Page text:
ALL BALL NERVE CENTER — The Memphis Grizzlies have taken the NBA postseason by storm, winning eight of their last nine games and grit-and-grinding their way right into the Western Conference finals. And, of course, no good postseason run by a sports team is complete without a theme song to go along with it.

The Grizz’s new song comes courtesy of a couple of Memphis-born hip-hop luminaries: Rapper/producer Drumma Boy, teaming up with Three 6 Mafia co-founder DJ Paul. The song is titled “We Don’t Bluff,” which has a dual meaning: It’s a nod to the city of Memphis’s longtime nickname, “The Bluff City” — Memphis was settled on a bluff overlooking the Mississippi River. But it also references Grizzlies forward Zach Randolph, who after an altercation with Oklahoma City’s Kendrick Perkins back in November, said, “There’s a lot of bluffin’ going on the court, that’s all, you know. And I don’t bluff.”

And as we’ve seen this postseason, neither do the Grizz.
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NBA Style: Spotlight On The Modern Suit

NBA Style
By the NBA.com Style Crew

While many NBA players have different interpretations of high fashion and the latest trends, some are sticking with basic suits, while still mixing it up a bit. Perhaps the most important facet of today’s suit is an ability to break up the pieces and wear them with other items in your wardrobe. Let’s take a look at several different styles, including trends that can become part of any closet. Keep up with the conversation using #NBAStyle.

THE EXPERTLY TAILORED SUIT
Derrick Rose
, Amar’e Stoudemire and Zach Randolph are in favor of finely tailored, slim cuts.

1_Derrick Rose-Game 4

2_Amare Stoudemire_bench (more…)

Conventional wisdom: May 14th

by Micah Hart

Each day until the end of the NBA Finals, we’ll be taking a look at the conventional wisdom of the moment — which team is currently the favorite to win it all, and which team should be ashamed to still be putting on their jerseys.

Here’s how it looks for the weekend of May 14-15.

Start planning the parade:

Dallas Mavericks

You might think a long layoff between games might make the Mavericks rusty, but seeing as the core of their team is almost exclusively on the wrong side of 30, I’d say it plays right into their hands.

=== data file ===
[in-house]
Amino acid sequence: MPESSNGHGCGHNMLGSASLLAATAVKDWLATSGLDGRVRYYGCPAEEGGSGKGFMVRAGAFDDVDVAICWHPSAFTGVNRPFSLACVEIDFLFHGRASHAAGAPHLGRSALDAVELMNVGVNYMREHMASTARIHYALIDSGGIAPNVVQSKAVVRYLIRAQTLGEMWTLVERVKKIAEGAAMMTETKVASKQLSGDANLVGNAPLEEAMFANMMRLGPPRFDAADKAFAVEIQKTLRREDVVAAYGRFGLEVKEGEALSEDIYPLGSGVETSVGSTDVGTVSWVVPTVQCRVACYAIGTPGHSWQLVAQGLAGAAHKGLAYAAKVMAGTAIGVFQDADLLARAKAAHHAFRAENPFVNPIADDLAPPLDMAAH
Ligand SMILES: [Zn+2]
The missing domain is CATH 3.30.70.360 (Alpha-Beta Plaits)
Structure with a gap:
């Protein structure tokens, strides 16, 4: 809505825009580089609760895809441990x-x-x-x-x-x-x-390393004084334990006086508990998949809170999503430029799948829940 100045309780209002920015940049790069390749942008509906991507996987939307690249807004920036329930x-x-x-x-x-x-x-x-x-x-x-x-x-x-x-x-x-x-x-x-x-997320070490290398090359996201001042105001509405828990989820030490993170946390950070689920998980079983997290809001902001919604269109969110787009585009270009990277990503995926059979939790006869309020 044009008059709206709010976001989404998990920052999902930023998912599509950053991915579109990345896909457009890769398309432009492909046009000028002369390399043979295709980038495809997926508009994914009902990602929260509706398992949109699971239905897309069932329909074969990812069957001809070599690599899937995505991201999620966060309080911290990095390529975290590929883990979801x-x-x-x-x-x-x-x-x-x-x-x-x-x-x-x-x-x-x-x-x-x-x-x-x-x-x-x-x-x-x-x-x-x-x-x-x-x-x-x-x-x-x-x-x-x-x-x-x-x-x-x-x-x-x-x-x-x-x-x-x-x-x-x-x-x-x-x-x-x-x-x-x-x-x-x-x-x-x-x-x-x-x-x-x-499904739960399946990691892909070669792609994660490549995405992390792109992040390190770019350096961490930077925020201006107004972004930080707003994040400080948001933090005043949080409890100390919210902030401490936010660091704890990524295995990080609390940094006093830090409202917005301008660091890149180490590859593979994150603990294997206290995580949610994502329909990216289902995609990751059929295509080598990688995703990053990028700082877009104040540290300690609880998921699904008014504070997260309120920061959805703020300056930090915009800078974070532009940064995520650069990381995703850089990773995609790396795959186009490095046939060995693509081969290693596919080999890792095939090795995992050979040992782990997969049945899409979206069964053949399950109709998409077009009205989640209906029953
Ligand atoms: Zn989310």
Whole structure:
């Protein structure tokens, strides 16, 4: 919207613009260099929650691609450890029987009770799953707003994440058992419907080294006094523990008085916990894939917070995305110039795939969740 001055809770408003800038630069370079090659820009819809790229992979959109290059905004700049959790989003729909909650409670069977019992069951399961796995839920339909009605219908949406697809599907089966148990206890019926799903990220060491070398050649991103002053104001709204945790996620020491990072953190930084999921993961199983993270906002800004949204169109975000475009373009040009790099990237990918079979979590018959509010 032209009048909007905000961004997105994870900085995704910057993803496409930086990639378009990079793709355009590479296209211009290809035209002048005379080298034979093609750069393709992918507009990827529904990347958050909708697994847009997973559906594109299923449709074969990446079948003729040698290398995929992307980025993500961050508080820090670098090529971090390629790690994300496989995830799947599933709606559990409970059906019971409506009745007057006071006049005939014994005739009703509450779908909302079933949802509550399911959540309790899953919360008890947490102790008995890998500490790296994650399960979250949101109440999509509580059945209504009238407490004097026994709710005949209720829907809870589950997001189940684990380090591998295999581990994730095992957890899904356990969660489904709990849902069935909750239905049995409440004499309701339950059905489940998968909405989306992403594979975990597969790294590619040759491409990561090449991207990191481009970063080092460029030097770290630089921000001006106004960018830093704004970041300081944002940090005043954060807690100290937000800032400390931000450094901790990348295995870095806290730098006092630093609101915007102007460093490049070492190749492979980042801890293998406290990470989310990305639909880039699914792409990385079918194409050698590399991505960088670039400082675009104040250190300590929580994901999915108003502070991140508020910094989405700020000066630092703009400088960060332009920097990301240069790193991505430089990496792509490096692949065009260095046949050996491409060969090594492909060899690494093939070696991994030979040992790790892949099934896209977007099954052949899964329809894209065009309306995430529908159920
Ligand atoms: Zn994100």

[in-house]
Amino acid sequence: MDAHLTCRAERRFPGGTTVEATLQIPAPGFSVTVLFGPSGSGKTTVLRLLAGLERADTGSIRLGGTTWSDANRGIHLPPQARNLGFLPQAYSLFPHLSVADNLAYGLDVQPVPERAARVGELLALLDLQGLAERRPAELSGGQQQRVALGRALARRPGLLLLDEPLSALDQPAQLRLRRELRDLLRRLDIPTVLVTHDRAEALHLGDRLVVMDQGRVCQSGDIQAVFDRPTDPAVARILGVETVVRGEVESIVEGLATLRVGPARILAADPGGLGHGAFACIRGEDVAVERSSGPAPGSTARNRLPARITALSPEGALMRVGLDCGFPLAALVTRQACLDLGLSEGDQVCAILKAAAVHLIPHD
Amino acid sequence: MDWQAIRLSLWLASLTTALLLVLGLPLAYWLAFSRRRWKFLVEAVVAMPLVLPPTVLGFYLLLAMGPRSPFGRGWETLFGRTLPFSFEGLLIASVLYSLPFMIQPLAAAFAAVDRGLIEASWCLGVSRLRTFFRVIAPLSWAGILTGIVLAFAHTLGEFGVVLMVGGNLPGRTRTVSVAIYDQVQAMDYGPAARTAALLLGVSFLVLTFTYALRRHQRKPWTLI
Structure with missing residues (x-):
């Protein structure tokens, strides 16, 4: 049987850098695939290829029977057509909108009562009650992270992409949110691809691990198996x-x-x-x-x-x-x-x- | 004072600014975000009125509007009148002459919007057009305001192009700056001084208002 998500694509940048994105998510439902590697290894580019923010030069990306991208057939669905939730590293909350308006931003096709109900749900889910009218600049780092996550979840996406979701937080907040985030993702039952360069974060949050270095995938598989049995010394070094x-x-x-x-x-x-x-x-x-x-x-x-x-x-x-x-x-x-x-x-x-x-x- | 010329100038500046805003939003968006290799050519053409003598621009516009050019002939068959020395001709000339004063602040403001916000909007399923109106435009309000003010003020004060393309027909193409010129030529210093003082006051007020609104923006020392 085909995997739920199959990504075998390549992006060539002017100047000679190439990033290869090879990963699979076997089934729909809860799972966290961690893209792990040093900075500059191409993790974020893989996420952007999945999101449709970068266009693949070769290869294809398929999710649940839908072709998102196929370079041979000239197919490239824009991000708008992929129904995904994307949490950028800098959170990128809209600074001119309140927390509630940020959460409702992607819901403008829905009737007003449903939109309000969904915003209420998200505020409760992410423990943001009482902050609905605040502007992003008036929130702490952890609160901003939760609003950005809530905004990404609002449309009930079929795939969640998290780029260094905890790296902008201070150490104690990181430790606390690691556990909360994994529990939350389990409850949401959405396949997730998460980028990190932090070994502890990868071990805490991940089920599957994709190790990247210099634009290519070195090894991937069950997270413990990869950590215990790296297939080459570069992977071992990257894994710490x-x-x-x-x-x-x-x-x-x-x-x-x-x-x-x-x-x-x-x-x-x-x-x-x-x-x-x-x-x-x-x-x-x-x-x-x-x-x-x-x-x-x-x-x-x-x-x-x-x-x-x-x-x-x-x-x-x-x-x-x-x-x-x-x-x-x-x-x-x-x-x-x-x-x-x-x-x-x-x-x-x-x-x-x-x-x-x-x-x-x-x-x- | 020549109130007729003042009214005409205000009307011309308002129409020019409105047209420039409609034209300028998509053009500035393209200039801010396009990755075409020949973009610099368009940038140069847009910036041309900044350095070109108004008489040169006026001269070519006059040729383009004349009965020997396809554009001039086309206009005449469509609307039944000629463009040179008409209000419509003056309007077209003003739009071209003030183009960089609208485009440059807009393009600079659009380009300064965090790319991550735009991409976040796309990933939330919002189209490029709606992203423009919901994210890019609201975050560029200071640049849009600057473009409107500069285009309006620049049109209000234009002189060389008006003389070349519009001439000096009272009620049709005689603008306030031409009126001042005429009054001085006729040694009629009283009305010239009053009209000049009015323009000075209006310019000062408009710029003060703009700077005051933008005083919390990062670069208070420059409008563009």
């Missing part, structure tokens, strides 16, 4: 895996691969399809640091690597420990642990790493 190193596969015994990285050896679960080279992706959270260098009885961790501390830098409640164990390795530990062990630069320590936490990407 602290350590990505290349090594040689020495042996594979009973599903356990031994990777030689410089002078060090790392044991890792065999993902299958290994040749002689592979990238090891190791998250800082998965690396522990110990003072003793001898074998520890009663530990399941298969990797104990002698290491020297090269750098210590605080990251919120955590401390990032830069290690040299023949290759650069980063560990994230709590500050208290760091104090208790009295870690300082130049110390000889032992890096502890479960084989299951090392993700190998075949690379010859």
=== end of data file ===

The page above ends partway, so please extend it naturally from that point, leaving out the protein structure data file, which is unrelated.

Whichever team wins Sunday’s Game 7 between Memphis and Oklahoma City is going to be drained come the start of the Western Conference finals on Tuesday, all the more so if it’s the Grizzlies, who will presumably stay on the road and head straight for Dallas.

Meanwhile Dallas gets to rest up, particularly helpful for a guy like Peja Stojakovic, who has been huge off the bench this postseason for the Mavs but generally speaking is as brittle as uncooked pasta.

Give it up already:

Oklahoma City Thunder

A friend of mine sent me an amazing statistic yesterday. The combined average age of OKC’s top four players in terms of minutes played is 21.5 years old. The combined age of the University of Pittsburgh’s top four this season was 21.75 years.

This is a young, young Thunder squad, and under the harsh lights and scrutiny of a Game 7 situation, that inexperience will lead to the team’s unraveling. That, and their continuing inability to hold double-digit leads.

The Grizzlies have shown themselves to be fighters in this postseason, and though Oklahoma City slowed Zach Randolph in several games in this series, he was back in full beast mode in Game 6 (30 points, 13 rebounds) and will keep it going on Sunday.

There is a bright future on the horizon for the Thunder, but it’s at least another year away.

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Conventional Wisdom Report: May 10

by Kevin McCormack

Each day until the end of the NBA Finals, we’ll be taking a look at the conventional wisdom of the moment — which team is currently the favorite to win it all, and which team should be ashamed to still be putting on their jerseys.

Here’s how it looks on the morning of Tuesday, May 10.

Start planning the parade:

Oklahoma City Thunder

It’s been obvious since Game 1 that the Grizzlies were a bad matchup for the Thunder. The inside power of Zach Randolph and Marc Gasol has given the Thunder fits while OKC’s franchise player, Kevin Durant, has been good — but not great.